It is a phenomenon, that all of a sudden recording techniques are popular again that seamed to be dead (for good reasons). With the rise of 3D-Audio, 1st order Ambisonics recording techniques are in the game again and everything we learned about them in the last 40 years seems to be forgotten...

Why didn't we like coincident techniques very much for certain applications, in particular for spatial recording? Yes, it's because they sounded boring in comparison to spaced techniques. The reason is simple: the signal was quite Mono, i.e. the signal separation was poor. Now, as we're adding one more dimension to the stereo sound field, this is even more disadavantageous.

Good old Stereo with the laws of level and time differences can be much better than 1st order Ambisonics, because it creates sufficient signal separation which can enable a proper imaging and a wonderful spatial quality.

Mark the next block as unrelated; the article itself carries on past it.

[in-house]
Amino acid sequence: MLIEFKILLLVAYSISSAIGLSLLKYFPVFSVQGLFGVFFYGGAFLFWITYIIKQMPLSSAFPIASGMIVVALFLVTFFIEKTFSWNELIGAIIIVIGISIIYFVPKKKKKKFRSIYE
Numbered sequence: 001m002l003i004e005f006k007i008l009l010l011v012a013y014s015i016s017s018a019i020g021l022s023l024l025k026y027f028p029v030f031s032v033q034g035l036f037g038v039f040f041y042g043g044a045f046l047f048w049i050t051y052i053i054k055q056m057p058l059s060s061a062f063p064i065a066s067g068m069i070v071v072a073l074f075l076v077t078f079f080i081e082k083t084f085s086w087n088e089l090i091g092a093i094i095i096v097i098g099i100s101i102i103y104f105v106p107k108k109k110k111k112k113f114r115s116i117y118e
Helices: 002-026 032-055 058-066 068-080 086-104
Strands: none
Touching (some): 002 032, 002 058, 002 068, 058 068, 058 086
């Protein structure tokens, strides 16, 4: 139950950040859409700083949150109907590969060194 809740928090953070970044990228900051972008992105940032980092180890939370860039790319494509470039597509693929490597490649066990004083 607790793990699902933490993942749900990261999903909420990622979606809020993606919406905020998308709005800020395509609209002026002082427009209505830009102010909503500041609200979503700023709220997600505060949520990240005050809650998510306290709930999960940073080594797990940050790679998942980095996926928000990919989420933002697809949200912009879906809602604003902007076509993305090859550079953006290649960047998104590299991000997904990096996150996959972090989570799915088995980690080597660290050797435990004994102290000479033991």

However, in VR the storage and transport format is Ambisonics, mostly HOA. Remember, HOA transports any sound field very well, if the order is high enough (>2). This means, there is no reason not to apply stereo techniques on virtual loudspeakers (and pan them to HOA with an Ambisonic Encoder).

Find my recent talk about 3D techniques with the analogy of the "Uncanny Vally of 3D-Audio" in these slides. Read more on the comparison between Stereo and 1st order Ambisonics in this article: "ORTF-3D": eine Mikrofontechnik für Atmoaufnahmen in 3D-Audio und VR